I recall that weekend, I was preparing to conduct my first ever workshop at a gamification event. It was a stressful period – rushing slides, preparing material and all. On hindsight, I guess I got too caught up.
My grandmother was still perfectly healthy at that time, and I completely took that for granted, thinking that “I could always attend her birthday next year”.
Someone commented on that status update which made me think a little bit. Initially, I berated myself for ‘thinking too much’. At the very last moment, I flung all my stuff aside and raced all the way down to her birthday dinner venue to catch the last 30 minutes of the festivities.
I’m glad I did, because that birthday turned out to be her very last.
In December, my grandmother landed up in hospital briefly. Everyone came down to visit one by one. No one thought much of it though, and the usual family drama occurred (one extremely loud aunt apparently spoke so loudly in the ward that the patient in the next bed complained – resulting in everyone being thrown out). My grandmother got discharged, everyone was relieved.
Then, it turned out she had stage 4 cancer.
A secret so well-kept that only a grand total of 6 people knew. I only learned about this a week before my grandmother left. Likewise for a handful of my cousins. As for the remainder of the family, they only discovered hours before her death.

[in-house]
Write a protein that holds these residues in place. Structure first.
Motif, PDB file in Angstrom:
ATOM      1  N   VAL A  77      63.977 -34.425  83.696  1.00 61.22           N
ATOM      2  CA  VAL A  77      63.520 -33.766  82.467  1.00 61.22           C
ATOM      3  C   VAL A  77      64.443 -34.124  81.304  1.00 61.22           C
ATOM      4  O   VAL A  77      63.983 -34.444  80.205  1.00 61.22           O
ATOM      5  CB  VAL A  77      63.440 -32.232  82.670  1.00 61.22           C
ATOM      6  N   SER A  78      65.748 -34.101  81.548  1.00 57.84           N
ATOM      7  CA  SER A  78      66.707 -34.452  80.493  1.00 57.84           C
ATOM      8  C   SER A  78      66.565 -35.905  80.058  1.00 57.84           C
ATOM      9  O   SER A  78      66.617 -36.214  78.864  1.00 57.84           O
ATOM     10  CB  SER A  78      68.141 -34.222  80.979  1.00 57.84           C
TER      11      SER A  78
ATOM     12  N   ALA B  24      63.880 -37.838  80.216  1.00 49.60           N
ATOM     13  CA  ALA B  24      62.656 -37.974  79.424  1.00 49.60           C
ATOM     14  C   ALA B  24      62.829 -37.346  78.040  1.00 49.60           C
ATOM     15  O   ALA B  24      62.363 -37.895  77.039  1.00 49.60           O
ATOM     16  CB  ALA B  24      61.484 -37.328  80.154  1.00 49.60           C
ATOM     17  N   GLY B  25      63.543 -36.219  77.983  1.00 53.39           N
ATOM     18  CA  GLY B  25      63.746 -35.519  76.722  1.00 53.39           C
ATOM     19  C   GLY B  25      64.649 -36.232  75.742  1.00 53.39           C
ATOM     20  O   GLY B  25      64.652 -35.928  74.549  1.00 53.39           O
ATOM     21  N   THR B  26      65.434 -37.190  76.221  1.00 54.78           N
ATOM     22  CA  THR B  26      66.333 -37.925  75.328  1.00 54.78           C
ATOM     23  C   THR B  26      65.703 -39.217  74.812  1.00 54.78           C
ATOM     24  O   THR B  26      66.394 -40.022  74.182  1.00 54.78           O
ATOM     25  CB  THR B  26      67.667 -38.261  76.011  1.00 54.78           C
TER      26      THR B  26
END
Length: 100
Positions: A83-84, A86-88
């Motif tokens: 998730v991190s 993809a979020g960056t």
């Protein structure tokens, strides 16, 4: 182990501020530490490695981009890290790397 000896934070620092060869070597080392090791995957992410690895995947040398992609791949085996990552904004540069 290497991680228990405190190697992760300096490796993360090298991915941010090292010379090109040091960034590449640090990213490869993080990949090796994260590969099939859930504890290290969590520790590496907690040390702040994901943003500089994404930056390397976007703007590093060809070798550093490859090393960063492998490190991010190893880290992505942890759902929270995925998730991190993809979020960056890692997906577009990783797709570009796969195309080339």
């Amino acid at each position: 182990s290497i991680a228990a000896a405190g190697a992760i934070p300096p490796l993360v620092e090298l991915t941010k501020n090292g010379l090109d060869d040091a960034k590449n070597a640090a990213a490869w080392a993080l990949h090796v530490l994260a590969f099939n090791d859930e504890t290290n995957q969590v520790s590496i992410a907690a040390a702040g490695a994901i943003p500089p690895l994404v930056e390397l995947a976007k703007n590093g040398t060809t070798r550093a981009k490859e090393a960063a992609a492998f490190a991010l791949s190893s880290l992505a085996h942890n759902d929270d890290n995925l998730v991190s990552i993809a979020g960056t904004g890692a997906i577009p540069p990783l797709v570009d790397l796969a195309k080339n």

As for my grandmother, she was completely clueless that she had cancer.
The people heavily involved with my grandmother’s treatment had a rationale for keeping it from everyone (and even my grandmother herself), which I understand. They didn’t want the rest of us to worry. She had been undergoing a special kind of chemo which didn’t cause her hair to fall out so everyone was none the wiser. Plus, she seemed to be doing well.
As of March, her tumour markers was almost down to normal. Things looked promising.
Then in April, she decided to skip her medication (the one supposedly to support her immune system which was damaged by the chemo), thinking that it would be okay.
It took only 2 weeks for it to go completely downhill.
During her wake, my cousins and I transformed it into a celebration of her life, getting our hands dirty on Day 1 creating three large posterboards featuring my grandmother during her happier times – travelling to Hong Kong, China, Vietnam and even as far as Canada and the US of A. They were put up around the wake for all visitors to look at.